Waco Health Dept. blows away BU’s vaccine price

Quick shots: meningitis

•There are around 1,000 cases of bacterial meningitis in the U.S. annually.
•Bacterial meningitis has a 10-14 percent mortality rate.
•Meningitis is not common and cannot be transmitted by casual contact.
•Meningitis transmission can occur by drinking after, eating after or kissing an infected person.
•The most common cases occur in people under 21 who are living in close quarters, like college dormitories.
•Most meningitis outbreaks are isolated cases.
•Symptoms include: a sudden fever, stiff neck, nausea, vomiting, headache and sensitivity to light.

Source: Centers for Disease Control and Prevention

By Rob Bradfield
Staff Writer

Area college students now have a less expensive way to help prevent a deadly disease.

The Waco-McLennan County Public Health District is offering meningitis boosters to college students under 30 for a reduced price. The vaccines, which the Baylor Health Center offers for $122, are being sold for $14.85 each, but supplies are limited.

“We take check, cash or credit card, and we don’t bill insurance so people who come need to be prepared to pay,” Kelly Craine, health district public information officer, said.

The university caused a stir on graduation day when Baylor ITS accidentally sent out a mass e-mail informing students, some graduating later that day, that a hold was placed on their account until they received a vaccination.

Several hours later Baylor ITS sent an email correction, but that didn’t prevent the flood of phone calls to the Baylor Health Center by concerned students.

“It was just an e-mail; these people did not actually have holds on their accounts,” Dr. Sharon Stern, Baylor Health Center medical director, said.

The e-mail was related to Baylor’s compliance with Texas Senate Bill 1107, also known as the Jamie Schanbaum and Nicolis Williams Act, passed earlier this year. The bill requires all students entering any university in Texas to have a bacterial meningitis vaccination within five years of the first day of class. The new law only applies to college freshmen and students re-entering school after a one year absence.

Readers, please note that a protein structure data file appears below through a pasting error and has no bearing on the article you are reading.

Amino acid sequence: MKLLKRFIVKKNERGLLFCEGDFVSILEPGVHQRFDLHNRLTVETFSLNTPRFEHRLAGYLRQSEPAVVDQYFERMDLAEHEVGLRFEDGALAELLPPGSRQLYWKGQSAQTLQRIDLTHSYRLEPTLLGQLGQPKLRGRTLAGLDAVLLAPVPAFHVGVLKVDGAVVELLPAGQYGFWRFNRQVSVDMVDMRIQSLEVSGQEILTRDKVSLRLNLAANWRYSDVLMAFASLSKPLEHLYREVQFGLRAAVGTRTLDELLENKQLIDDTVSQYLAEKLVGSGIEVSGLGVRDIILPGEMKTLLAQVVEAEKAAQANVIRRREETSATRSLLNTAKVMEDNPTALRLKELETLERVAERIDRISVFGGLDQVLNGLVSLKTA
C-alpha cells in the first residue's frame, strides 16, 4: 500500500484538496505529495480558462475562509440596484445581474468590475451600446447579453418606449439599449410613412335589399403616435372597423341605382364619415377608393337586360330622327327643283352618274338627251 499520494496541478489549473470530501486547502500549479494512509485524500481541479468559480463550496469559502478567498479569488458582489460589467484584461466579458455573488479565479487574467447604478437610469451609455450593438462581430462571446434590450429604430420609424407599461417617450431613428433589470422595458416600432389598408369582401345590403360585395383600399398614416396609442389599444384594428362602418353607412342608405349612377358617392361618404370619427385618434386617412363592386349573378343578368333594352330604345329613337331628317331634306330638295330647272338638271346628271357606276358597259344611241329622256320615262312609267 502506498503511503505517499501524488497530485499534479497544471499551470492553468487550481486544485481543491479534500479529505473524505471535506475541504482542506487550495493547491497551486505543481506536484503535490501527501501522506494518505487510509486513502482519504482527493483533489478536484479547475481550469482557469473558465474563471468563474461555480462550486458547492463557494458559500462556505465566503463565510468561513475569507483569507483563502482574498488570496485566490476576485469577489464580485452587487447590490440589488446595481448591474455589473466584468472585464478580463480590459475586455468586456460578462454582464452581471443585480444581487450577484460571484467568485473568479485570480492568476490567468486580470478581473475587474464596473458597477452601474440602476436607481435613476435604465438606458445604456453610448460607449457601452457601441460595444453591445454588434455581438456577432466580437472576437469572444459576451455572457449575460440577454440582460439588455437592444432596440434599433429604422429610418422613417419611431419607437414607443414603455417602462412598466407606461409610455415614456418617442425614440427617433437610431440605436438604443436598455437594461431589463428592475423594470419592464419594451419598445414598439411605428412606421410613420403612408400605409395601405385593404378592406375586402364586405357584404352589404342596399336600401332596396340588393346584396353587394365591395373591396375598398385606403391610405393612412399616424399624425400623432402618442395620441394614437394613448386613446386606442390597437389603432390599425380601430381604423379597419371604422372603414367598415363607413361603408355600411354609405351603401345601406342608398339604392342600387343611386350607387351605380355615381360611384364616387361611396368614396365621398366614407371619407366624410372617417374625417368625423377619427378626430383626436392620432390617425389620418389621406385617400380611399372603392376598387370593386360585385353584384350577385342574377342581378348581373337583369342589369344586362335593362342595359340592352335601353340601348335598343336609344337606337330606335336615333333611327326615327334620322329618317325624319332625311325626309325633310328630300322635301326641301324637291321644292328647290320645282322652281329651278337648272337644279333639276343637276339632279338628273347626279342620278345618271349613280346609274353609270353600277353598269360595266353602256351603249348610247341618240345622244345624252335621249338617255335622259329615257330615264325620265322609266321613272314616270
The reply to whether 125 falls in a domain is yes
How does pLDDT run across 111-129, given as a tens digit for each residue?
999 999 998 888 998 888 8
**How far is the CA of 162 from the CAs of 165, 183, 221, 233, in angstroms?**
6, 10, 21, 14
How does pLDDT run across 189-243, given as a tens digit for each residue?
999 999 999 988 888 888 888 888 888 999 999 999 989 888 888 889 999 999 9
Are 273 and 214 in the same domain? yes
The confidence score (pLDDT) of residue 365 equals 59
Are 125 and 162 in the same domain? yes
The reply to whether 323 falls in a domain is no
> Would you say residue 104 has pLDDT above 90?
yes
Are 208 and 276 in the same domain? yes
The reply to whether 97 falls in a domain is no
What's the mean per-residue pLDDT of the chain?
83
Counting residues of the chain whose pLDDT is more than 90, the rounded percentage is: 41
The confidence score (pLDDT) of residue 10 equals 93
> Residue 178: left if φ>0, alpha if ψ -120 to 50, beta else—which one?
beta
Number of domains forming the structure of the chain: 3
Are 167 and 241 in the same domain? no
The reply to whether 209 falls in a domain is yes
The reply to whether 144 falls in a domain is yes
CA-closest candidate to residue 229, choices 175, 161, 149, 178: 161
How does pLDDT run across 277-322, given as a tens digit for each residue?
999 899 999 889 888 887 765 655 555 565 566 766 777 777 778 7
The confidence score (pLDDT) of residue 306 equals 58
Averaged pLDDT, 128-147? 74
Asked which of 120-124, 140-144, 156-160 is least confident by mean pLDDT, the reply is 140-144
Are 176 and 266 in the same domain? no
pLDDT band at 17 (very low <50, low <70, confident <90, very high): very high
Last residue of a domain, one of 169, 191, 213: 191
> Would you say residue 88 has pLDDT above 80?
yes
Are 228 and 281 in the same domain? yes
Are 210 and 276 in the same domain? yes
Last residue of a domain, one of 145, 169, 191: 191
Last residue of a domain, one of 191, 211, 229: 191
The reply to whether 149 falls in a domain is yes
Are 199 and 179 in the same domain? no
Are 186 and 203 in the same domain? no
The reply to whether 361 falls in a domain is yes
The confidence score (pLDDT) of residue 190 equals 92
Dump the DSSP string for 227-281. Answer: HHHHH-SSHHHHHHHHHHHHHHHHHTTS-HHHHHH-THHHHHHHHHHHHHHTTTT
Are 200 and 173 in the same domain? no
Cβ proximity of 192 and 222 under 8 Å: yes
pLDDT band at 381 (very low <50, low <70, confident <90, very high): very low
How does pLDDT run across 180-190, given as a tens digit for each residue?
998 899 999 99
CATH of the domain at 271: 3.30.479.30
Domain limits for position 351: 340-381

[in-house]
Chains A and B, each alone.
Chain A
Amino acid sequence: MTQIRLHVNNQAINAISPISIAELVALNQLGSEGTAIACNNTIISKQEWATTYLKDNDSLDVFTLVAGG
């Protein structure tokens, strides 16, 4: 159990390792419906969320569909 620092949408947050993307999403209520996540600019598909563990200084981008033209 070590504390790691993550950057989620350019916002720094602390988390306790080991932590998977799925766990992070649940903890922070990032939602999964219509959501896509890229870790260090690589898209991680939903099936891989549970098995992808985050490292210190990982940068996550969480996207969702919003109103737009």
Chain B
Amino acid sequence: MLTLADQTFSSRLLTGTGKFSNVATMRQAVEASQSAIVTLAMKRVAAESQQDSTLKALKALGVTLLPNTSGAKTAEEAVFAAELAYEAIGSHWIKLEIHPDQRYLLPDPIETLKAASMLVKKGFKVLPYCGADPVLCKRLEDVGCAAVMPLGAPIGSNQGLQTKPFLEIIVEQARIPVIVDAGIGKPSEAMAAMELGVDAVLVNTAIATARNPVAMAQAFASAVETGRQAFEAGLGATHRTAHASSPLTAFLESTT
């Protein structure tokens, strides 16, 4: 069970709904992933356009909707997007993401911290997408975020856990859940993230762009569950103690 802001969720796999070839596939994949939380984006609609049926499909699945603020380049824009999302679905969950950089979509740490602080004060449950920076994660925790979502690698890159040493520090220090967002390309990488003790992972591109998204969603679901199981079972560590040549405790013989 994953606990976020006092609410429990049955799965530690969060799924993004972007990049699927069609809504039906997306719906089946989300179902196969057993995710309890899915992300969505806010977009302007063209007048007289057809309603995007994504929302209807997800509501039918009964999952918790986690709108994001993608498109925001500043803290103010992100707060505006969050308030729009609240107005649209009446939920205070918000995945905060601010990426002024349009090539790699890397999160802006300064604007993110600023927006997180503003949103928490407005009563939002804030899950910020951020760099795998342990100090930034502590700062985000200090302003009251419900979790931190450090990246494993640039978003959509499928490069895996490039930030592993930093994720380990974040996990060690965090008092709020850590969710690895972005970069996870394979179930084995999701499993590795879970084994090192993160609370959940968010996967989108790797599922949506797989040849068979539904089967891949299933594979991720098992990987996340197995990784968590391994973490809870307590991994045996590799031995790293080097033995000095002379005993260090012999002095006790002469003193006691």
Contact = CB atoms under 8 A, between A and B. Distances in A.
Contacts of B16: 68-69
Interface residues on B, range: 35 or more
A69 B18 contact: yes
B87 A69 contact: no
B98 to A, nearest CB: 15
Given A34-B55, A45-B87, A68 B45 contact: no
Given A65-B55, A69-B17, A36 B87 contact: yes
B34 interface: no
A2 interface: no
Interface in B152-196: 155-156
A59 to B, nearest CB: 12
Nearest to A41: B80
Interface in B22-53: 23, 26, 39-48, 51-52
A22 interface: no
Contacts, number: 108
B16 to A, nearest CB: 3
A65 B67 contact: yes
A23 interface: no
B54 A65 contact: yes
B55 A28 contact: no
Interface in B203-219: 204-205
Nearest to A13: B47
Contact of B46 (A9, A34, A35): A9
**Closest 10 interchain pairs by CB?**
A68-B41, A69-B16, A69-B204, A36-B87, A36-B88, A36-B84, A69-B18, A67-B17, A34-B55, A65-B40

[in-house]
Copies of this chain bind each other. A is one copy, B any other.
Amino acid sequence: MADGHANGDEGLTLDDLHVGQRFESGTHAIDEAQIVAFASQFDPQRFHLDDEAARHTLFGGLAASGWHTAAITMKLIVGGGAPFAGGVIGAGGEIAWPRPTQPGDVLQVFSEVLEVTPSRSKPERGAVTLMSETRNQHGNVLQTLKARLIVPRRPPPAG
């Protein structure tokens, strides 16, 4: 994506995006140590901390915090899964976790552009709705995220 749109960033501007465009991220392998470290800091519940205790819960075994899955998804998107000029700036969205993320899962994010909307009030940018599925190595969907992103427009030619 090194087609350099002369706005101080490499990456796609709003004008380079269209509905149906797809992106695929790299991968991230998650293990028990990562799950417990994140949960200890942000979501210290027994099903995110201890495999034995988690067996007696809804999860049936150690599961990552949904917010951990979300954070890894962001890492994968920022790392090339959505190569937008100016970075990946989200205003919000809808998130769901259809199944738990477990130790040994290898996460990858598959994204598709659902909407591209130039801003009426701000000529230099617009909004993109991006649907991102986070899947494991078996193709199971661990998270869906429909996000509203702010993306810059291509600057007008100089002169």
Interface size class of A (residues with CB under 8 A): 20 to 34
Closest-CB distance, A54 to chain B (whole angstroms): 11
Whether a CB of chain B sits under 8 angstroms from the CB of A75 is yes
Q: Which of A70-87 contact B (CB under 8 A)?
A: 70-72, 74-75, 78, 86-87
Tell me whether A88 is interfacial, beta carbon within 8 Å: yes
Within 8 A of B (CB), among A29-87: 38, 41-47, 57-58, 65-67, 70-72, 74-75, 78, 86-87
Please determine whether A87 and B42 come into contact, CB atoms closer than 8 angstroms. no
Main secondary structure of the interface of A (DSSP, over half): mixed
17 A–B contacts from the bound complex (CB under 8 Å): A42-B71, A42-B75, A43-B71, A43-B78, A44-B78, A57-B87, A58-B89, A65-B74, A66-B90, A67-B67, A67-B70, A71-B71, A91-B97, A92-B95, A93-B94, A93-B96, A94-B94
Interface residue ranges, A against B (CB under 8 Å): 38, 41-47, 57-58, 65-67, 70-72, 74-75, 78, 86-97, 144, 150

The bill was passed in response to several outbreaks of meningitis at Texas universities, which resulted in one death last February at Texas A&M University. While there have been no reported cases at Baylor this year, meningitis is still a concern to the Health Center.

“Meningitis is a dreadful, dreadful disease,” Stern said. “You don’t ever want to see it in your life and it’s often fatal.”

While it is dangerous, bacterial meningitis has become increasingly rare with only 1,000 cases reported in the U.S. annually. The Centers for Disease Control and Prevention recommends a vaccination every five years for young adults, and at least one vaccination before entering college.

Students that need the vaccine can go to the Public Health district at 225 W. Waco Drive between 8:30 and 11:30 a.m., and 1:30 and 4:30 p.m. Monday through Thursday, and from 8:30 a.m. until 11:30 a.m. on Friday. Walk-ins are welcome, but the district is expecting to run out of vaccines quickly. Updates on the number of available vaccines are available on their twitter feed: @wacohealthdept.

On Friday the Public Health district’s twitter feed said the district has “plenty of meningitis vaccine.” On Thursday the district received a new shipment of 935 meningitis vaccines.